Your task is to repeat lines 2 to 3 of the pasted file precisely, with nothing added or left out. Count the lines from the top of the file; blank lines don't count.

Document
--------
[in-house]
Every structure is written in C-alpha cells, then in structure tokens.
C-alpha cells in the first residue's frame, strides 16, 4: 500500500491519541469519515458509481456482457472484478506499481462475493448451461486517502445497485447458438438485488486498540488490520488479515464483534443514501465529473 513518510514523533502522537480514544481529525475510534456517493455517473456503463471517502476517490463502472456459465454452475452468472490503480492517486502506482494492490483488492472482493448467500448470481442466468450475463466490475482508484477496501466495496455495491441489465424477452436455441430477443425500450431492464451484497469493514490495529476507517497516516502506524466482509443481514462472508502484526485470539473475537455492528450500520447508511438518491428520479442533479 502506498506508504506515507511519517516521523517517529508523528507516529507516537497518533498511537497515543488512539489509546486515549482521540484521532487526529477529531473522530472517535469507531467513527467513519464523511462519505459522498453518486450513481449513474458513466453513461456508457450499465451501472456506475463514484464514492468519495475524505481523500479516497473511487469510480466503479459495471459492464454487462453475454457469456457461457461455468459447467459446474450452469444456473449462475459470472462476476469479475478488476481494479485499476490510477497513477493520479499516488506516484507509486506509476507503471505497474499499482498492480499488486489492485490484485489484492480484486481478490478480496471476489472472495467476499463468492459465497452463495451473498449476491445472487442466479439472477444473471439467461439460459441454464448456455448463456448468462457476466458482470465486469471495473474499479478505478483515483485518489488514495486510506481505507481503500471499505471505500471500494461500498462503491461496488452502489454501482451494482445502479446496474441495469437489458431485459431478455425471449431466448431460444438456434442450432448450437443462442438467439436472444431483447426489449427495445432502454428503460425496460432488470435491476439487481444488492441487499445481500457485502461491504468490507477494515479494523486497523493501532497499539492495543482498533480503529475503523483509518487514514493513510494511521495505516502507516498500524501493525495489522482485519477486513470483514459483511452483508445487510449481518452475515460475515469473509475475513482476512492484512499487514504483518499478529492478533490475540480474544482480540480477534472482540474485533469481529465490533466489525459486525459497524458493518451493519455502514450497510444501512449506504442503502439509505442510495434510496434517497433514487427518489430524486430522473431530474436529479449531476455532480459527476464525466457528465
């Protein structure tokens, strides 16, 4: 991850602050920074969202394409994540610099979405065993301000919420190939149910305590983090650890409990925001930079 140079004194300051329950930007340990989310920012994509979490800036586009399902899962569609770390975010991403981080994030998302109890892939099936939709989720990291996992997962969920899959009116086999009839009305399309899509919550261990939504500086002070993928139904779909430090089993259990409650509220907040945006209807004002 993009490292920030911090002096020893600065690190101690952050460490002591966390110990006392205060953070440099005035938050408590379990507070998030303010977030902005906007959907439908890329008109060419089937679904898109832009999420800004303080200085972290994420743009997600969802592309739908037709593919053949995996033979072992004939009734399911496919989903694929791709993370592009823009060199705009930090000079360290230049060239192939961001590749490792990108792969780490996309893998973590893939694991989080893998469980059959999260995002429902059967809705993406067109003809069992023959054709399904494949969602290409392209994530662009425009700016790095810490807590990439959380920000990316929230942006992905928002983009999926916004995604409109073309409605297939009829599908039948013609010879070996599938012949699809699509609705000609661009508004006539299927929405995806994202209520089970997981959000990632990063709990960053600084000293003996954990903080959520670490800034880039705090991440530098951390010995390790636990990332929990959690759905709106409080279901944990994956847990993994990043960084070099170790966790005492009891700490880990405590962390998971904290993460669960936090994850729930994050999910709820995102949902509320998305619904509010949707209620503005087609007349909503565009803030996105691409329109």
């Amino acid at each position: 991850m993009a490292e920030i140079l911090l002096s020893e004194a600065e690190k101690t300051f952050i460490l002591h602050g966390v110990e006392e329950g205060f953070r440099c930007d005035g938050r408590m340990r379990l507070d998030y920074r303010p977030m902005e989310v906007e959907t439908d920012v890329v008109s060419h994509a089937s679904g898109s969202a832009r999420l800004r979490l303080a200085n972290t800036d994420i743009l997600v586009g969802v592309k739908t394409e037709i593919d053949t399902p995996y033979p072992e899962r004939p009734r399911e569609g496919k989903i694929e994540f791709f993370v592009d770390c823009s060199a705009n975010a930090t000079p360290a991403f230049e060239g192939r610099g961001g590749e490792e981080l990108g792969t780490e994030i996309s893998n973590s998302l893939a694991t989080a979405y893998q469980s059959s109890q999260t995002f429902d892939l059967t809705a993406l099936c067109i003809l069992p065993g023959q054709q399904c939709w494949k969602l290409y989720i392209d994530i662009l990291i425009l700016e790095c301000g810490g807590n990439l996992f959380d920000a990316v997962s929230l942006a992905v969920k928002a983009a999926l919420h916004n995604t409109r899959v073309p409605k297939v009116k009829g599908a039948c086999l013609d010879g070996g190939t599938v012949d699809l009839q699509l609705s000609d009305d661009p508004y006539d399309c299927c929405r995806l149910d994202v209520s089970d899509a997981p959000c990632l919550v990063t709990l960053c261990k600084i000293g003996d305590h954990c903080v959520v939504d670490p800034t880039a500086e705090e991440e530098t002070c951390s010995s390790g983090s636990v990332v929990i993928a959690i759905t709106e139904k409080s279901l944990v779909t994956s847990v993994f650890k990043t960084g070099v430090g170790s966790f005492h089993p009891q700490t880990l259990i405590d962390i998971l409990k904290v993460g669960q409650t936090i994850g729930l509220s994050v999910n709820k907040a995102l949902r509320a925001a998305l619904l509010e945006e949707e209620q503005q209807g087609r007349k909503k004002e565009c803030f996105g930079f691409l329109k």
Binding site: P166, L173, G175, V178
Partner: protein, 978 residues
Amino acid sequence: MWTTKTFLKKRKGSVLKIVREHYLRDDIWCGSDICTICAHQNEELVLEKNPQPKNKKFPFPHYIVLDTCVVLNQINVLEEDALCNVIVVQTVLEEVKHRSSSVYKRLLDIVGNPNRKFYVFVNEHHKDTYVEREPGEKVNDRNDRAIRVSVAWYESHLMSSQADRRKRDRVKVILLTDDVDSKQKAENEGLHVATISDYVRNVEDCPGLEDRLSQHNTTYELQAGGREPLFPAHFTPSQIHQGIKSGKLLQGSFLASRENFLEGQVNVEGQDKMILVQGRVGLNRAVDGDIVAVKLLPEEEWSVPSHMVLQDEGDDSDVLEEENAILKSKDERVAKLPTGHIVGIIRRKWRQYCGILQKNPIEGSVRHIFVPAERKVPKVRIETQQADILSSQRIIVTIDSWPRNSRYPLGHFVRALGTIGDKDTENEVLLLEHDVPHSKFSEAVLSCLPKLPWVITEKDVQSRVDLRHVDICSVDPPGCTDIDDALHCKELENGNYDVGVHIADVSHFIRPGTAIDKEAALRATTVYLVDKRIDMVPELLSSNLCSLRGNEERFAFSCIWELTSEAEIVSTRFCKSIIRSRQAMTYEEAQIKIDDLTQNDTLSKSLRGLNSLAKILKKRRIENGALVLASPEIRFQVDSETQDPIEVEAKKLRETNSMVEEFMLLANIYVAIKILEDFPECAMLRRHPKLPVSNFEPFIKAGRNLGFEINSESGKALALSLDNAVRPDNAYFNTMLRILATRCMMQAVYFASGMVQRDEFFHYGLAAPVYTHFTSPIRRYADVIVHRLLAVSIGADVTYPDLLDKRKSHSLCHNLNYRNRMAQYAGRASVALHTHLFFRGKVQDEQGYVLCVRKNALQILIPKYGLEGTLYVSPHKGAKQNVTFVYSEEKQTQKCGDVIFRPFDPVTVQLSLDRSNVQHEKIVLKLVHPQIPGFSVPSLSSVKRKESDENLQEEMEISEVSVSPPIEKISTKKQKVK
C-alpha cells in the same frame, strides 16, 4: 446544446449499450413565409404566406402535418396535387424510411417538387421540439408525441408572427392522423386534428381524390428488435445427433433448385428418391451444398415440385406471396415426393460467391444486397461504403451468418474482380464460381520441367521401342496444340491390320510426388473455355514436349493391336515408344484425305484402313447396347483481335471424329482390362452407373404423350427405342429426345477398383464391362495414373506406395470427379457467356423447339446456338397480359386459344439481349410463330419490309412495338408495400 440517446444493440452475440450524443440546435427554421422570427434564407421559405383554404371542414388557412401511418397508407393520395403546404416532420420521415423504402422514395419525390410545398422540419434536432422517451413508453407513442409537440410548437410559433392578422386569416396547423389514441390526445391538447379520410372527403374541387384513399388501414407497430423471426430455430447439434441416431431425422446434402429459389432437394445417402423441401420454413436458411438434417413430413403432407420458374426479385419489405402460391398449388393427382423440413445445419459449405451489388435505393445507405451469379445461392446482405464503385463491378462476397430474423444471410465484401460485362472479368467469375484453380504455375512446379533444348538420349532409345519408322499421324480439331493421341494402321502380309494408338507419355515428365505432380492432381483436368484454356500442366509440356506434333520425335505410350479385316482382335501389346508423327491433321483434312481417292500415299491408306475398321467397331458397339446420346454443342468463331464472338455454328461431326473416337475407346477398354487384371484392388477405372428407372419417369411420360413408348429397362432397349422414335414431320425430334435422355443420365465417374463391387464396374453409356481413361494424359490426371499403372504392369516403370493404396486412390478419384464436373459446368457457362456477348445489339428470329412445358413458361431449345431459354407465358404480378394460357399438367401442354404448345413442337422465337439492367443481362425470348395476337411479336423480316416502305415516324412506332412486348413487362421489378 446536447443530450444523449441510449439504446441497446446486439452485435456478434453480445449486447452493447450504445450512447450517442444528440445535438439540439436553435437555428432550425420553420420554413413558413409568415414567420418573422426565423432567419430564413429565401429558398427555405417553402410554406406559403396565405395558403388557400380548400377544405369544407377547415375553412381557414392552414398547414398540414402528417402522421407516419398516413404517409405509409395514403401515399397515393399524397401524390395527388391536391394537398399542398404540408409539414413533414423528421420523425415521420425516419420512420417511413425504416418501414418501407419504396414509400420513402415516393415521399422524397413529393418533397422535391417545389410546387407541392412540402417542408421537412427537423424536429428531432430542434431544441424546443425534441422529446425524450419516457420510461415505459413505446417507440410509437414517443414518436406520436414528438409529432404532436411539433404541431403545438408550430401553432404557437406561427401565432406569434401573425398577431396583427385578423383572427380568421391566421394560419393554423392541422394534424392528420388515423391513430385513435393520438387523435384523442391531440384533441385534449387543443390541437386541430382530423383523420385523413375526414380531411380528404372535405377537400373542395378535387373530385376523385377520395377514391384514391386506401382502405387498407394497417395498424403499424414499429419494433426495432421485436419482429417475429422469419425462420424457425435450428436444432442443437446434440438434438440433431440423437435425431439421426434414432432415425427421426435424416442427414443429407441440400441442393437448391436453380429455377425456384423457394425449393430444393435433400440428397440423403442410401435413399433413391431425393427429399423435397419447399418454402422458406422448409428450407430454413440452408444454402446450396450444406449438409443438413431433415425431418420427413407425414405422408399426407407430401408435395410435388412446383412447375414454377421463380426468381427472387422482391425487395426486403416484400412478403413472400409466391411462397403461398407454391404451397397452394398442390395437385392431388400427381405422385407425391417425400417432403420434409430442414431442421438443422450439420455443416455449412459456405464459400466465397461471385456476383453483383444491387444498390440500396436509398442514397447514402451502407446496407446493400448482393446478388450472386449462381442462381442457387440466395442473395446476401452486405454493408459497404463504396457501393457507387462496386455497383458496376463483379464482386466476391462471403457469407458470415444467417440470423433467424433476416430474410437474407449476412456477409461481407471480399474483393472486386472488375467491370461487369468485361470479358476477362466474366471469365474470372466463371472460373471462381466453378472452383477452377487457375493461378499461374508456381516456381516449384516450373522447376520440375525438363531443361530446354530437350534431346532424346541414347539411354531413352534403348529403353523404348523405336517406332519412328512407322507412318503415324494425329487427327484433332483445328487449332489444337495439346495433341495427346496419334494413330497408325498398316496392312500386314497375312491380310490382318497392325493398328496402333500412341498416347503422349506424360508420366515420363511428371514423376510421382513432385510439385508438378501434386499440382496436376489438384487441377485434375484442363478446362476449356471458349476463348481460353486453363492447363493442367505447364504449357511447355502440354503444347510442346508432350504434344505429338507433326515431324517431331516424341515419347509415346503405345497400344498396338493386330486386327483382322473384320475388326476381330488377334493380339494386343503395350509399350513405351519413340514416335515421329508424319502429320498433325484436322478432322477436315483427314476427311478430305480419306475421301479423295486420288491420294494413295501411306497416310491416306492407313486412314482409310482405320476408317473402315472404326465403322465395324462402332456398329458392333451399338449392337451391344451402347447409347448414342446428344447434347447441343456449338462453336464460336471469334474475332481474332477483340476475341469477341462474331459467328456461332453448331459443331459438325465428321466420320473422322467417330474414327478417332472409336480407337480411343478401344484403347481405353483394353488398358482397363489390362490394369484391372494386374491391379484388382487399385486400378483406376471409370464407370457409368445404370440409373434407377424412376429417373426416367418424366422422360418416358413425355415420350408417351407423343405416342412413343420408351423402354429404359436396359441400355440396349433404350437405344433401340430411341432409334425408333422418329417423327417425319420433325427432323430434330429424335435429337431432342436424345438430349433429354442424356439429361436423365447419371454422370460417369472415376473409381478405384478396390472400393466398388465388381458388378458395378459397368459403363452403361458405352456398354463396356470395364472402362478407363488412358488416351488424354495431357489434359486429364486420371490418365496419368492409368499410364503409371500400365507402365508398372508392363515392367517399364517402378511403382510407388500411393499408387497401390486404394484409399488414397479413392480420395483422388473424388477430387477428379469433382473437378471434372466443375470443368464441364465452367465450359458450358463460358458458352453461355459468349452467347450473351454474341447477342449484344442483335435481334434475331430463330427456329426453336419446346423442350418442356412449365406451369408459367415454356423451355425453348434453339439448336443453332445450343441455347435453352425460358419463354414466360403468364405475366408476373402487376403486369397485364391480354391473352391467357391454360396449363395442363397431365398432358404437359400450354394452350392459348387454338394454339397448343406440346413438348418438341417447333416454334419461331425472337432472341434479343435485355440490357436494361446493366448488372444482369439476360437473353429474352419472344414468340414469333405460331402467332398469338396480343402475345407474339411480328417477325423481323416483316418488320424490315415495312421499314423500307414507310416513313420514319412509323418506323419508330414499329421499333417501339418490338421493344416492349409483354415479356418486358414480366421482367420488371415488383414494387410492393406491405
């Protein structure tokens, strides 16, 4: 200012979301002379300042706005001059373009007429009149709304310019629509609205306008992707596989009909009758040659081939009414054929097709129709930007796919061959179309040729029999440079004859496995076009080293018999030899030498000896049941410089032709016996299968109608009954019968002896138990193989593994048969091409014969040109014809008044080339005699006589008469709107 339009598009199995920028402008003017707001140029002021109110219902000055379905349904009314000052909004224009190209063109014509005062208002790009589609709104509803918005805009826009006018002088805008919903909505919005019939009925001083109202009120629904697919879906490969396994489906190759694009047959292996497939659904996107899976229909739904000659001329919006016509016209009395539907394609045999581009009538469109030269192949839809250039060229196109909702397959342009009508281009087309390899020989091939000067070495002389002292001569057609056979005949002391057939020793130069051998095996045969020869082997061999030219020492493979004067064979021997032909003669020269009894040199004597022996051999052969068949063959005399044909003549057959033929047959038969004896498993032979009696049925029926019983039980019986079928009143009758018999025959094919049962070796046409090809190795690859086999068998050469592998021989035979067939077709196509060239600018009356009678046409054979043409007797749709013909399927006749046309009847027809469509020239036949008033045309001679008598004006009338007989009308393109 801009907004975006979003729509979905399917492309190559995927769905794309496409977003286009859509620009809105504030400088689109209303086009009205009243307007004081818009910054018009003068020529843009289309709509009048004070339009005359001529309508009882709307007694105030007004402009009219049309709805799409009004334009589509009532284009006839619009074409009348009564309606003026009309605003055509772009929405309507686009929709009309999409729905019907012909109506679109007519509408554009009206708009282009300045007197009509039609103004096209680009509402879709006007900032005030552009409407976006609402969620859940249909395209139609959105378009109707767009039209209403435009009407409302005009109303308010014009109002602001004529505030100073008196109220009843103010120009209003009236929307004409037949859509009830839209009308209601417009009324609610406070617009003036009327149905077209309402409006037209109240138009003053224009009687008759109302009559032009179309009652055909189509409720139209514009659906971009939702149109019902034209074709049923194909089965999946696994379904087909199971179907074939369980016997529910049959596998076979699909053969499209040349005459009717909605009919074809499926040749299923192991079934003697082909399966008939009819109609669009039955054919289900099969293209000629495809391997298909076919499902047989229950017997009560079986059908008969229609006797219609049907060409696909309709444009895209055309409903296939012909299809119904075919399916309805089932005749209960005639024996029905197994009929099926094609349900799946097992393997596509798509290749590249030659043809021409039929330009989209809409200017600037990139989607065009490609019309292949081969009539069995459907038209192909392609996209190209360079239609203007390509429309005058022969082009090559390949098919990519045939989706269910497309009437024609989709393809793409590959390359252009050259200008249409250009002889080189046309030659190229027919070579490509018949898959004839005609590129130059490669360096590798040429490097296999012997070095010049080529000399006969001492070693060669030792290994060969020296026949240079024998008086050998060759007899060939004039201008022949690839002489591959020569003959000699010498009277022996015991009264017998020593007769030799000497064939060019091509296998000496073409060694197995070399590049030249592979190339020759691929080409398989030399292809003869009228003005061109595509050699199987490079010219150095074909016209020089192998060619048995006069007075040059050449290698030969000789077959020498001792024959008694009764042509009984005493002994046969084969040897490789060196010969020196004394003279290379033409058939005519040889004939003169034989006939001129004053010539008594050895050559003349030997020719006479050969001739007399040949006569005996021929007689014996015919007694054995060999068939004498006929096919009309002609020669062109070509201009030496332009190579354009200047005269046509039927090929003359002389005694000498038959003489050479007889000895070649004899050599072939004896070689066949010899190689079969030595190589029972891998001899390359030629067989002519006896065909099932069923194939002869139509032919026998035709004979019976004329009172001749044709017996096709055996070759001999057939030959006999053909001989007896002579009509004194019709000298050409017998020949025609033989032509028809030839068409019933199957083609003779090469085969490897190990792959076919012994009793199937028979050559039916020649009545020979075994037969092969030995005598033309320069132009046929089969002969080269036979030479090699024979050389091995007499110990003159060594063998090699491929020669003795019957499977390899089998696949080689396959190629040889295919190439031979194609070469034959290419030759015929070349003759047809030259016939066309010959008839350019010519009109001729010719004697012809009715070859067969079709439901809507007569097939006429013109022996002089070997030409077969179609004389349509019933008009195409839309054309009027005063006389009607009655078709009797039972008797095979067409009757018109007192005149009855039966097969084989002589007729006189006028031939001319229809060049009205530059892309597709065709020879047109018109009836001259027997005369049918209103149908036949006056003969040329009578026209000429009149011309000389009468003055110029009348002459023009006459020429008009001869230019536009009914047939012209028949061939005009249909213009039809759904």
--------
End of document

Every structure is written in C-alpha cells, then in structure tokens.
C-alpha cells in the first residue's frame, strides 16, 4: 500500500491519541469519515458509481456482457472484478506499481462475493448451461486517502445497485447458438438485488486498540488490520488479515464483534443514501465529473 513518510514523533502522537480514544481529525475510534456517493455517473456503463471517502476517490463502472456459465454452475452468472490503480492517486502506482494492490483488492472482493448467500448470481442466468450475463466490475482508484477496501466495496455495491441489465424477452436455441430477443425500450431492464451484497469493514490495529476507517497516516502506524466482509443481514462472508502484526485470539473475537455492528450500520447508511438518491428520479442533479 502506498506508504506515507511519517516521523517517529508523528507516529507516537497518533498511537497515543488512539489509546486515549482521540484521532487526529477529531473522530472517535469507531467513527467513519464523511462519505459522498453518486450513481449513474458513466453513461456508457450499465451501472456506475463514484464514492468519495475524505481523500479516497473511487469510480466503479459495471459492464454487462453475454457469456457461457461455468459447467459446474450452469444456473449462475459470472462476476469479475478488476481494479485499476490510477497513477493520479499516488506516484507509486506509476507503471505497474499499482498492480499488486489492485490484485489484492480484486481478490478480496471476489472472495467476499463468492459465497452463495451473498449476491445472487442466479439472477444473471439467461439460459441454464448456455448463456448468462457476466458482470465486469471495473474499479478505478483515483485518489488514495486510506481505507481503500471499505471505500471500494461500498462503491461496488452502489454501482451494482445502479446496474441495469437489458431485459431478455425471449431466448431460444438456434442450432448450437443462442438467439436472444431483447426489449427495445432502454428503460425496460432488470435491476439487481444488492441487499445481500457485502461491504468490507477494515479494523486497523493501532497499539492495543482498533480503529475503523483509518487514514493513510494511521495505516502507516498500524501493525495489522482485519477486513470483514459483511452483508445487510449481518452475515460475515469473509475475513482476512492484512499487514504483518499478529492478533490475540480474544482480540480477534472482540474485533469481529465490533466489525459486525459497524458493518451493519455502514450497510444501512449506504442503502439509505442510495434510496434517497433514487427518489430524486430522473431530474436529479449531476455532480459527476464525466457528465